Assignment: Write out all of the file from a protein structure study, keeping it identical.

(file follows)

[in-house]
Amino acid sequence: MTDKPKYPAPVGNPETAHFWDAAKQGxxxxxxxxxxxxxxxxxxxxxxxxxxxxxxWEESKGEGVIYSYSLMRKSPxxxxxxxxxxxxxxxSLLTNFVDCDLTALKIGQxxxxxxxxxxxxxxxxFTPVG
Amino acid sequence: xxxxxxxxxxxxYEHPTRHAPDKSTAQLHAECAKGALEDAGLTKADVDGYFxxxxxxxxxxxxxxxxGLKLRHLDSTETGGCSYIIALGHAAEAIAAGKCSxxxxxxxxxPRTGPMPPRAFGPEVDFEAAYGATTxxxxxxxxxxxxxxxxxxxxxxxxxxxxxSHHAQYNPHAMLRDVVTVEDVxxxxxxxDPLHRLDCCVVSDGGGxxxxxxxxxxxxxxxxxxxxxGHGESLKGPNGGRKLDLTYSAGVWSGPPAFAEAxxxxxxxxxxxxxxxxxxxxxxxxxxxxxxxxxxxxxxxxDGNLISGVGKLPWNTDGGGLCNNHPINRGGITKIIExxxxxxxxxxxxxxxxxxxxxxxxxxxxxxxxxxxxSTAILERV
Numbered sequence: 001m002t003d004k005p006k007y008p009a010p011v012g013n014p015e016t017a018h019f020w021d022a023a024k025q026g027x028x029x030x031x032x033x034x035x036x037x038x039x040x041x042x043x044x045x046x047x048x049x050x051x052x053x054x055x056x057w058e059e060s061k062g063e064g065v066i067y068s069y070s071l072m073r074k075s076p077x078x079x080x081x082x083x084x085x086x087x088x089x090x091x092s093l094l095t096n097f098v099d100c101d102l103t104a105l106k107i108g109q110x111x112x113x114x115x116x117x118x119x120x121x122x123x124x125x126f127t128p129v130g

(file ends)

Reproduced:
[in-house]
Amino acid sequence: MTDKPKYPAPVGNPETAHFWDAAKQGxxxxxxxxxxxxxxxxxxxxxxxxxxxxxxWEESKGEGVIYSYSLMRKSPxxxxxxxxxxxxxxxSLLTNFVDCDLTALKIGQxxxxxxxxxxxxxxxxFTPVG
Amino acid sequence: xxxxxxxxxxxxYEHPTRHAPDKSTAQLHAECAKGALEDAGLTKADVDGYFxxxxxxxxxxxxxxxxGLKLRHLDSTETGGCSYIIALGHAAEAIAAGKCSxxxxxxxxxPRTGPMPPRAFGPEVDFEAAYGATTxxxxxxxxxxxxxxxxxxxxxxxxxxxxxSHHAQYNPHAMLRDVVTVEDVxxxxxxxDPLHRLDCCVVSDGGGxxxxxxxxxxxxxxxxxxxxxGHGESLKGPNGGRKLDLTYSAGVWSGPPAFAEAxxxxxxxxxxxxxxxxxxxxxxxxxxxxxxxxxxxxxxxxDGNLISGVGKLPWNTDGGGLCNNHPINRGGITKIIExxxxxxxxxxxxxxxxxxxxxxxxxxxxxxxxxxxxSTAILERV
Numbered sequence: 001m002t003d004k005p006k007y008p009a010p011v012g013n014p015e016t017a018h019f020w021d022a023a024k025q026g027x028x029x030x031x032x033x034x035x036x037x038x039x040x041x042x043x044x045x046x047x048x049x050x051x052x053x054x055x056x057w058e059e060s061k062g063e064g065v066i067y068s069y070s071l072m073r074k075s076p077x078x079x080x081x082x083x084x085x086x087x088x089x090x091x092s093l094l095t096n097f098v099d100c101d102l103t104a105l106k107i108g109q110x111x112x113x114x115x116x117x118x119x120x121x122x123x124x125x126f127t128p129v130g